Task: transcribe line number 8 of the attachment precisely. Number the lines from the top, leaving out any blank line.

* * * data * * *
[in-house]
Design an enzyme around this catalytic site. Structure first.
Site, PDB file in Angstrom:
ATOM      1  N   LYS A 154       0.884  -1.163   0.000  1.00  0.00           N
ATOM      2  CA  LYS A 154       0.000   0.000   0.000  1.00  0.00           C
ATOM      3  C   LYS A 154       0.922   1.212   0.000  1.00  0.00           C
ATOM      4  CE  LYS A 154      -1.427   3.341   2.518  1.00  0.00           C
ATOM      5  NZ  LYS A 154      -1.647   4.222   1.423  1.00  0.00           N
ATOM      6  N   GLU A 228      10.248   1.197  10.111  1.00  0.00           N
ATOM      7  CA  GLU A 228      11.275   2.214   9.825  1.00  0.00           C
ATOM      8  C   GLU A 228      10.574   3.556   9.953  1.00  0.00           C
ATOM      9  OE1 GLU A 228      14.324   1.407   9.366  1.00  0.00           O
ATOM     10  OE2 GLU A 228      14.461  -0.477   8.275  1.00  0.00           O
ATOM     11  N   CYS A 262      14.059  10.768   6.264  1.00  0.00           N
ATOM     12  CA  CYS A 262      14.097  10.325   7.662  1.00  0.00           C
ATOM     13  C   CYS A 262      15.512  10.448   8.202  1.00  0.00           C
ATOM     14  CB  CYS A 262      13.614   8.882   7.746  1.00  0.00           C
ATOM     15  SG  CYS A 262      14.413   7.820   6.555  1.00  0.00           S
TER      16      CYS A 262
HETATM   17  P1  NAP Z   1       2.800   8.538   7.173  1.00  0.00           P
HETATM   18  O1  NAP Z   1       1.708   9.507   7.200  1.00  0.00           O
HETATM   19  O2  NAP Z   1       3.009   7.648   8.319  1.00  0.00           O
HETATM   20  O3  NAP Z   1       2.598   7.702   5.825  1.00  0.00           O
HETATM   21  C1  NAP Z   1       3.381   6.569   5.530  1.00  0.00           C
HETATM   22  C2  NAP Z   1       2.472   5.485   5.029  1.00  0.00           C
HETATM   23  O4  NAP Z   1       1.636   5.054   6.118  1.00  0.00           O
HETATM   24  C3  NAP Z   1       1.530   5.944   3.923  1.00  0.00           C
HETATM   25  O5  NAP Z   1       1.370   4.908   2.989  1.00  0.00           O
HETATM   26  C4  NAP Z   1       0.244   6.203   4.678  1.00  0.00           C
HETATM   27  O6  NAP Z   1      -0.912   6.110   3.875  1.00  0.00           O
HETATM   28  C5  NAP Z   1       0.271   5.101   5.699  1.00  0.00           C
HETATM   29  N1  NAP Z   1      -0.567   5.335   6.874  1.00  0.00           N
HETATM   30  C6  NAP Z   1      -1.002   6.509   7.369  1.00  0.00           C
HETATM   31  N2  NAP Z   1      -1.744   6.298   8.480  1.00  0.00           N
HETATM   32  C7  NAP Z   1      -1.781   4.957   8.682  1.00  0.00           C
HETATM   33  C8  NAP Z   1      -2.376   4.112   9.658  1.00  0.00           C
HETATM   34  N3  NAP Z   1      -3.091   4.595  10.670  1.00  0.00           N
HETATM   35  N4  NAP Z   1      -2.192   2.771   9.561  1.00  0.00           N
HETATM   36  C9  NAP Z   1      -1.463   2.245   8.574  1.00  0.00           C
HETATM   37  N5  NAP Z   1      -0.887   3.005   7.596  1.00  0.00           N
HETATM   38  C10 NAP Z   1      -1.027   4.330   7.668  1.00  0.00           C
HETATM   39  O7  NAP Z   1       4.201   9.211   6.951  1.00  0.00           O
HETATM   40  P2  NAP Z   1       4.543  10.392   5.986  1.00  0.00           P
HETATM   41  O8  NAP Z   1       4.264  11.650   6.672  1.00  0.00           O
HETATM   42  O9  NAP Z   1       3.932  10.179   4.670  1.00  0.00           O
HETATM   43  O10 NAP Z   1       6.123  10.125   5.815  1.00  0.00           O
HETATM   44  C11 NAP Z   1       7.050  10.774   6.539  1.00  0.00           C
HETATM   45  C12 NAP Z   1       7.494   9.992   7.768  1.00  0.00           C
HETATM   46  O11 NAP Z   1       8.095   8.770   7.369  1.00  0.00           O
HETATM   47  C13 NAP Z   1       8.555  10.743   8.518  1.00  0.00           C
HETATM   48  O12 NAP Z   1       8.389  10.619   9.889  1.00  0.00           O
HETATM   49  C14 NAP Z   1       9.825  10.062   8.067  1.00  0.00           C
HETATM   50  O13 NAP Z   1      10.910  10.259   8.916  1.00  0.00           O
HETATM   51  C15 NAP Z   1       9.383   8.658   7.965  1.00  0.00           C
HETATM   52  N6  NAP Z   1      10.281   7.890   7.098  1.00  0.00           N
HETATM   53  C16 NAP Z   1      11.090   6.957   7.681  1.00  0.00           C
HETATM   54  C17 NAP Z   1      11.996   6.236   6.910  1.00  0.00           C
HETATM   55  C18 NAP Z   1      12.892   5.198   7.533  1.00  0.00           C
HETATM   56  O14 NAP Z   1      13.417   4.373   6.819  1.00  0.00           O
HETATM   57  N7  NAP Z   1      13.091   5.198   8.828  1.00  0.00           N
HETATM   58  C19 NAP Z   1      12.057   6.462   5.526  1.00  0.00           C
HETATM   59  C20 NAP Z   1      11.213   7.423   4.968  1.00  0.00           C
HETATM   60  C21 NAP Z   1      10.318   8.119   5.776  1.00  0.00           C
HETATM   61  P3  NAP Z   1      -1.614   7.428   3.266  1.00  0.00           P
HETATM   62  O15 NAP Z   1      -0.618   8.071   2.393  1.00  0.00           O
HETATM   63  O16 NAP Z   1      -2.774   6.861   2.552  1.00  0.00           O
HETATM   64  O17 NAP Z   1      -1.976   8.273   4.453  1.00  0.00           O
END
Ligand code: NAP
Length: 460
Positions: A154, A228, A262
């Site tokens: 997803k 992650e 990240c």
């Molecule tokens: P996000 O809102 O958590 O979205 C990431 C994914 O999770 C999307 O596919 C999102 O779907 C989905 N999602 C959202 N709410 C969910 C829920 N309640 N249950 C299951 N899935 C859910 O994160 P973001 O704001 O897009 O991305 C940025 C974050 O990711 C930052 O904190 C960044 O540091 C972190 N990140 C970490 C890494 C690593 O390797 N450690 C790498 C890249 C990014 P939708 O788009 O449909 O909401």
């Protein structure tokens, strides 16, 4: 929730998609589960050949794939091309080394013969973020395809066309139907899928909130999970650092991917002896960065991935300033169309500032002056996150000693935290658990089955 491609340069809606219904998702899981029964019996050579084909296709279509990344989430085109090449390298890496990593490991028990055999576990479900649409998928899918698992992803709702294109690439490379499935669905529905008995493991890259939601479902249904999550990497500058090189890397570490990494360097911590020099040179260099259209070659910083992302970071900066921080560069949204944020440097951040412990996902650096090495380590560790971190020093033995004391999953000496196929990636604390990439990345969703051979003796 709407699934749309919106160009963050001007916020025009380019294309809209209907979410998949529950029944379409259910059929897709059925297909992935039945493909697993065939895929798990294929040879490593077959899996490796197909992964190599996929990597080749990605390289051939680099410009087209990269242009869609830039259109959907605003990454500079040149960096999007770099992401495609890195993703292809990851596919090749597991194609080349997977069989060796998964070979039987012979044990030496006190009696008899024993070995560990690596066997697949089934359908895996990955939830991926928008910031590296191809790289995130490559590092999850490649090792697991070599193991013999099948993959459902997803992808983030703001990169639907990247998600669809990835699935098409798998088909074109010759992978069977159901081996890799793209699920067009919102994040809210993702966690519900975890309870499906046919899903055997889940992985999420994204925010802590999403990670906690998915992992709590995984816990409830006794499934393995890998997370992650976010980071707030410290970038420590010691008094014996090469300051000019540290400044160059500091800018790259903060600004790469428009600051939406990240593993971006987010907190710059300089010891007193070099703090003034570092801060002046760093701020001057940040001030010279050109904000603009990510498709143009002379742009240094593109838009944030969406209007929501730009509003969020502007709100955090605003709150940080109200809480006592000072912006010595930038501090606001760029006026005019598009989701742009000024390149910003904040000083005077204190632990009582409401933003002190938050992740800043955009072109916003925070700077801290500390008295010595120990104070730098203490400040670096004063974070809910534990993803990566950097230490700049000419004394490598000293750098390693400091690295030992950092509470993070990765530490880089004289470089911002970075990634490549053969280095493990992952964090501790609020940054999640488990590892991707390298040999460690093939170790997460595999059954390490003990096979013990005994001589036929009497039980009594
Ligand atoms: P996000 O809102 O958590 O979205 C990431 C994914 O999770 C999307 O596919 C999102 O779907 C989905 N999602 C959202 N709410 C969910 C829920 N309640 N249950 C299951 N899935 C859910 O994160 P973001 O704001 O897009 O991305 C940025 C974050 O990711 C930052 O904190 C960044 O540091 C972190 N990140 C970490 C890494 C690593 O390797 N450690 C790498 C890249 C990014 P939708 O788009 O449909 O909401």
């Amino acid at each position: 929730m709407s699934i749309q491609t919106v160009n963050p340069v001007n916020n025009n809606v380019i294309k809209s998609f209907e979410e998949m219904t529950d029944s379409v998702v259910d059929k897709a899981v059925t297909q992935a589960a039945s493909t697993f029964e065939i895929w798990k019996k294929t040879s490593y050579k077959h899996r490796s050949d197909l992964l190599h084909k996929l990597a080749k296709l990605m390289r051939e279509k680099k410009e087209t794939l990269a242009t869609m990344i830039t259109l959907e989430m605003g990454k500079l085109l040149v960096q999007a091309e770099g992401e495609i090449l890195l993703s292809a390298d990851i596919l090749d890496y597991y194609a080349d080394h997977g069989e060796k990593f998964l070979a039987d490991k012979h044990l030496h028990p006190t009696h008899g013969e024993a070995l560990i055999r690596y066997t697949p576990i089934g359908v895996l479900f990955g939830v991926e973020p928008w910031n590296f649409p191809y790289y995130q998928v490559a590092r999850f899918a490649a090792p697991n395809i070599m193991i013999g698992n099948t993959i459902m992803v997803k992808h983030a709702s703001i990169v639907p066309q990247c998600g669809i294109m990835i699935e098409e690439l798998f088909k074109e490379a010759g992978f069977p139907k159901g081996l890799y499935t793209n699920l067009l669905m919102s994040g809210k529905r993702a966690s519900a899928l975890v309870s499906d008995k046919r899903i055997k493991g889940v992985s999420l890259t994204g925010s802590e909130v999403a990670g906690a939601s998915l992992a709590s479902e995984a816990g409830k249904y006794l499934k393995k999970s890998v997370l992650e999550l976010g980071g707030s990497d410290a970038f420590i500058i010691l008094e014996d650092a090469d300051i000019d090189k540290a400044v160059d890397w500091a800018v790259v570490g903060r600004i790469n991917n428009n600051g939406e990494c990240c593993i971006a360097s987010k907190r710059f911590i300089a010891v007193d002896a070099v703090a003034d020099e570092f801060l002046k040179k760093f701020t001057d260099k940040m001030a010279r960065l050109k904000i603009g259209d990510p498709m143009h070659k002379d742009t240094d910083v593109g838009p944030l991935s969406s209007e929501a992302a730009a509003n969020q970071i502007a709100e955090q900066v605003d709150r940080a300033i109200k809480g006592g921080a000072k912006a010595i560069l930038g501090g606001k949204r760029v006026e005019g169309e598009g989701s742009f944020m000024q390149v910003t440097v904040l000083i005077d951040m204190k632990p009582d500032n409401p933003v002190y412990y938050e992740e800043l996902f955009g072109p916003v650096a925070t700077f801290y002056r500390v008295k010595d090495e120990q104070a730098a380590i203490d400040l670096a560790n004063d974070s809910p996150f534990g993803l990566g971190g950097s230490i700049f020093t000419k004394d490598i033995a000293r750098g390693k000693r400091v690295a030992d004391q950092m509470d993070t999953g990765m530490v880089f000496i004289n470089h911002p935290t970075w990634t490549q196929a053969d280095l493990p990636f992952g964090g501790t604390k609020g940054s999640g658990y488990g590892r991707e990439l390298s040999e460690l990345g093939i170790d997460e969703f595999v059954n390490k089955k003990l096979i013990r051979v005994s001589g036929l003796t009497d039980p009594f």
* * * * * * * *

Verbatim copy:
ATOM      5  NZ  LYS A 154      -1.647   4.222   1.423  1.00  0.00           N